John accepts instructions in pro bono cases. These have ranged from appearances in the small claims court to death row appeals heard in the Judicial Committee of the Privy Council.
John has appeared successfully for two prisoners on death row. His first case concerned Trevor Palmer, who had been convicted of murder for the shooting of a Jamaican farmer. As a result of John’s engagement Mr Palmer’s conviction was quashed after he had spent almost 8 years in custody. An account of the work behind the scenes is contained in an article John subsequently wrote for Lawtalk, the New Zealand equivalent of The Gazette. The second case was for Giselle Stafford, a woman sentenced to death in Trinidad for the murder of a former lover. As a result of John’s advocacy, Ms Stafford’s appeal was allowed and a verdict of manslaughter substituted; sentencing was remitted to the Court of Appeal.
In April 2009 John appeared in the Court of Appeal for a Bangladeshi national (FH) who had unsuccessfully applied for indefinite leave to remain in United Kingdom on the basis of an extra-statutory concession/Immigration Rules relating to long residence (in FH’s case, over 20 years). FH’s appeal to the Asylum and Immigration Tribunal had been unsuccessful, and his application for permission to appeal had been declined on paper. The case was not without its complexities because of changes in the Immigration Rules and the position taken by the Secretary of State. On a renewed application John successfully obtained permission to appeal. The substantive appeal was also successful: see FH (Bangladesh) v Secretary of State for the Home Department;  EWCA Civ 385;  All ER (D) 112 (13 May 2009). Following the hearing SSHD granted FH indefinite leave to remain.
In the period June-December 2010 John acted in an immigration appeal for a Vietnamese national (“LL”) who had come to the United Kingdom as an unaccompanied minor aged 11. Despite very difficult conditions the appellant had done extraordinarily well at school, obtaining numerous A level passes in her GCSEs. An application for indefinite leave to remain pursuant to her rights under Article 8 of the European Convention for the Protection of Human Rights and Fundamental Freedoms had been refused by the Secretary of State for the Home Department, and her appeal to the First-tier Tribunal had been dismissed. At the stage John became involved LL had been in a detention centre for some 5 months awaiting removal to Vietnam. The Upper Tribunal was persuaded to extend the period for applying for permission to appeal and to grant permission to appeal on the basis that none of the relevant Strasberg nor domestic jurisprudence had been cited to or considered by the First-tier Tribunal. LL was released pending the Upper Tribunal hearing. The substantive appeal was allowed by Mr Justice Wilkie and Senior Immigration Judge Gill in December.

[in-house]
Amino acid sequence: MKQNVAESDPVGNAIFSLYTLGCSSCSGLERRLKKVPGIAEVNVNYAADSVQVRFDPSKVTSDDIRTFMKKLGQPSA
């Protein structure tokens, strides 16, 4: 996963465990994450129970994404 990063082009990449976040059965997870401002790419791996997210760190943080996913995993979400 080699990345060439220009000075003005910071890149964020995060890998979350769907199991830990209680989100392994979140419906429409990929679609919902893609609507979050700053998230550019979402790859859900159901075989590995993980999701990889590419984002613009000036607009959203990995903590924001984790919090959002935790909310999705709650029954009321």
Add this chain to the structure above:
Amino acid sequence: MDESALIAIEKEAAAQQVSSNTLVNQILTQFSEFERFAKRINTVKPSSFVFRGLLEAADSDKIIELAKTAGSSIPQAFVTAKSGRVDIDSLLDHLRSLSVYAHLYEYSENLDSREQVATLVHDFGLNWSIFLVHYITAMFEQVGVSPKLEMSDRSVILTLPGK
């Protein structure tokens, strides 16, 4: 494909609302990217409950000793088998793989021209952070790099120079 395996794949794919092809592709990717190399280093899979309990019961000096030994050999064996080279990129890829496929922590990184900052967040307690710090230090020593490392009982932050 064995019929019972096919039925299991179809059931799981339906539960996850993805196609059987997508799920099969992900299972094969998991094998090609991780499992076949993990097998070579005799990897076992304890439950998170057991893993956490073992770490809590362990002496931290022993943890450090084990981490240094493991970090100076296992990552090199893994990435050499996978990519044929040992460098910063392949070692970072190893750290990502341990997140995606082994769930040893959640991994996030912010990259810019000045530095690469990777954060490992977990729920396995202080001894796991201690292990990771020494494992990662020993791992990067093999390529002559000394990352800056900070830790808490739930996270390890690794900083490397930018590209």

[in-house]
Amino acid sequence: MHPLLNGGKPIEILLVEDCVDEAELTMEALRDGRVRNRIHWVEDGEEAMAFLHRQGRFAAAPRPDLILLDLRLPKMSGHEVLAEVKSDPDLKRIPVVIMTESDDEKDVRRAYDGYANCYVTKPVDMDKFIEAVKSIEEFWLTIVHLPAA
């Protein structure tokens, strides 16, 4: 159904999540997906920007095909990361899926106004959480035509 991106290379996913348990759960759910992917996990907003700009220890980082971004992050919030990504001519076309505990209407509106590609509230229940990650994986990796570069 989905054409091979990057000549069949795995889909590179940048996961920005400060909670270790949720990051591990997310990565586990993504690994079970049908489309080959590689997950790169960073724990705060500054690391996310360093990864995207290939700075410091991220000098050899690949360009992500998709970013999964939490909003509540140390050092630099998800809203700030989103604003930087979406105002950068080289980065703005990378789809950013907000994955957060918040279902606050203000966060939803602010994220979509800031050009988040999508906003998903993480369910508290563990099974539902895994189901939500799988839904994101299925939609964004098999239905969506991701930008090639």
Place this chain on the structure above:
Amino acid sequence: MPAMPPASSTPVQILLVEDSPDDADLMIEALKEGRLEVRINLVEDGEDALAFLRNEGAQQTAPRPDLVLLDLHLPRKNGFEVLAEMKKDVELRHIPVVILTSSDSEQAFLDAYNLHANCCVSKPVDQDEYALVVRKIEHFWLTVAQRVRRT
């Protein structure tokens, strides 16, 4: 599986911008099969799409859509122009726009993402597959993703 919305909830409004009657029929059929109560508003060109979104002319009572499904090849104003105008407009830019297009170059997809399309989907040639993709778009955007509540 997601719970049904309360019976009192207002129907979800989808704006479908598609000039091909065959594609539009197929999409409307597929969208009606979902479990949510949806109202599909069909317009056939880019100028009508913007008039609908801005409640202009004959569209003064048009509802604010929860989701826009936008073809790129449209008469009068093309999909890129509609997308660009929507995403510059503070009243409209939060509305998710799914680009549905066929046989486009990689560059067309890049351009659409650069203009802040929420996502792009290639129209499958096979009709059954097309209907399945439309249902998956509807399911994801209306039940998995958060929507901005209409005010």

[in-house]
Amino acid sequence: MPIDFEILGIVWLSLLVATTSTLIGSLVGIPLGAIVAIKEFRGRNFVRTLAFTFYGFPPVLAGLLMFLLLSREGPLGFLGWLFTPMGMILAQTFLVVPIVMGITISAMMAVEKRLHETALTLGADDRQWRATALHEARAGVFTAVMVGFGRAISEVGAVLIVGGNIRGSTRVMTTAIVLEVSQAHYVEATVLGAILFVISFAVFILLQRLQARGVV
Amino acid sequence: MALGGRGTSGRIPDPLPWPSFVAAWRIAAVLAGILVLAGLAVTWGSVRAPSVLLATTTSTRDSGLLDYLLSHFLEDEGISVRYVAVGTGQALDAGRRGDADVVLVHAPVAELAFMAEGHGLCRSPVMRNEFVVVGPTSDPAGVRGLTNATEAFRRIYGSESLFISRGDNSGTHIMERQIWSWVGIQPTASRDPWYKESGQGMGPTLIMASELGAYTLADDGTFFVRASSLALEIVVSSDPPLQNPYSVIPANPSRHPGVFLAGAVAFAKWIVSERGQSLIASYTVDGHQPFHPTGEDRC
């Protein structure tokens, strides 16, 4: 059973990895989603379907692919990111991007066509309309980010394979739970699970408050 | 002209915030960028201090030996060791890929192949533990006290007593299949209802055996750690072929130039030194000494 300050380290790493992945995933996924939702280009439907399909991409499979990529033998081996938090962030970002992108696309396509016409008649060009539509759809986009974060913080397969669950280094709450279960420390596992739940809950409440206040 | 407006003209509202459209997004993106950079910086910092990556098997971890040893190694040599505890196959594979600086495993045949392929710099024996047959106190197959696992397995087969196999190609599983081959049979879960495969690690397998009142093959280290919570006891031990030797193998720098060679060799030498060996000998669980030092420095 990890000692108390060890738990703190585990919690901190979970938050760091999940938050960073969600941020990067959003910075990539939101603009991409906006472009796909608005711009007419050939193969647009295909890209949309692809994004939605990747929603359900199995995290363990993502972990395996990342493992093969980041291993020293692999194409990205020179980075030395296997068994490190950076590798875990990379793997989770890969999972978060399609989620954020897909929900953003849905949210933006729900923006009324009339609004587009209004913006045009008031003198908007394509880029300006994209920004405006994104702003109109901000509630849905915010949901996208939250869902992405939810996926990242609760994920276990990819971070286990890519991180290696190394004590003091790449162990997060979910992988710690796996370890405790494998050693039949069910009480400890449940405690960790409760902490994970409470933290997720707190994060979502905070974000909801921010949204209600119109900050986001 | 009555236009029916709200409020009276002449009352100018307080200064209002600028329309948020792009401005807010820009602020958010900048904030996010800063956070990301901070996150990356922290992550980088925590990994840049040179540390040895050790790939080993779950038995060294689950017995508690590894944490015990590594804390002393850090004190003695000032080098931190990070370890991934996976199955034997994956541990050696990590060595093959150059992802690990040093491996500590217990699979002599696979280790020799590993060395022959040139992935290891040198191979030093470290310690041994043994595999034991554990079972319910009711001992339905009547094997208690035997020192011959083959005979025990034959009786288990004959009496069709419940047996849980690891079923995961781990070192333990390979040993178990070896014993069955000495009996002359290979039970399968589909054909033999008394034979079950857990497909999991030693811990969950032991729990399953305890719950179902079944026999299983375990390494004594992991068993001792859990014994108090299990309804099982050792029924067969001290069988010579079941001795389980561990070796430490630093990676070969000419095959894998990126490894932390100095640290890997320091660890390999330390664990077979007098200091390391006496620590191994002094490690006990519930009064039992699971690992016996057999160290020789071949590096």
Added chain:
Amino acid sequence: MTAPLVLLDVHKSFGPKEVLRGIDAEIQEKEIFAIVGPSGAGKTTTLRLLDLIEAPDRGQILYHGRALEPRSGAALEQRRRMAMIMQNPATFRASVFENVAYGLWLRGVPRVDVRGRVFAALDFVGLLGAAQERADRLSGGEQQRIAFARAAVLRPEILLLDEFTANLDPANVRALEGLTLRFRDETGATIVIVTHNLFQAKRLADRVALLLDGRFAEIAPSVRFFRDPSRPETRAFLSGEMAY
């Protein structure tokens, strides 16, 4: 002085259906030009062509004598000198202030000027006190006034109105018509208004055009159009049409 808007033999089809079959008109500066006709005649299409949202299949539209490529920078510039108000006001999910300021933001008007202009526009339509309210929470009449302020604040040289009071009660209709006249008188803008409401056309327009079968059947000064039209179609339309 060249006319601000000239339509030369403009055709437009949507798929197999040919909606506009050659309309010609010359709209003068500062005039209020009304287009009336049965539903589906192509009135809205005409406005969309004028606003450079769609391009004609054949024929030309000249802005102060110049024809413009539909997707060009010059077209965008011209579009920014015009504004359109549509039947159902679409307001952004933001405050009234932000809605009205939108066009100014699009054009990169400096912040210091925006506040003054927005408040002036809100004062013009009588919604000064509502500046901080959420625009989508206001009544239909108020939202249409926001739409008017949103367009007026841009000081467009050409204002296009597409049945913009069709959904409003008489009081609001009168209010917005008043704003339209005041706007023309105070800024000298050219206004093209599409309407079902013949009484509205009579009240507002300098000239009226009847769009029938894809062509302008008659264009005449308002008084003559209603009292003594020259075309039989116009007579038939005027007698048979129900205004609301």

In December 2012 John appeared in the Judicial Committee of the Privy Council with Michael Birnbaum QC and Malcolm Birdling, on instructions from a pro bono team at Herbert Smith Freehills. The appeal was by a Jamaican national against his conviction for murder, following his trial in the High Court and his unsuccessful appeal to the Court of Appeal of Jamaica: see English Cases.
At the other end of the scale John does not mind helping with small claims in appropriate cases. His appearances in the small claims jurisdiction include recovering damages from BT for failing to install telephone lines in a solicitor’s office on an agreed date, and damages from a vendor for a purchaser who, following completion, went to her new property to find holes in the floor, bare wires hanging from the ceiling, the front door lock smashed and piles of rubbish bags left in the garden. In August 2010 John appeared for a Japanese national who had been acting for herself in the small claims jurisdiction, in proceedings to recover substantial course monies paid by her to a London based business school. The school refused to reimburse her, relying on terms and conditions that it contended precluded refunds save in exceptional circumstances. John’s intervention (which involved redrafting the claim and appearing at the hearing) resulted in the school refunding the monies.
Please do not hesitate to approach John if you wish to use his services in pro bono work, or to help with such cases.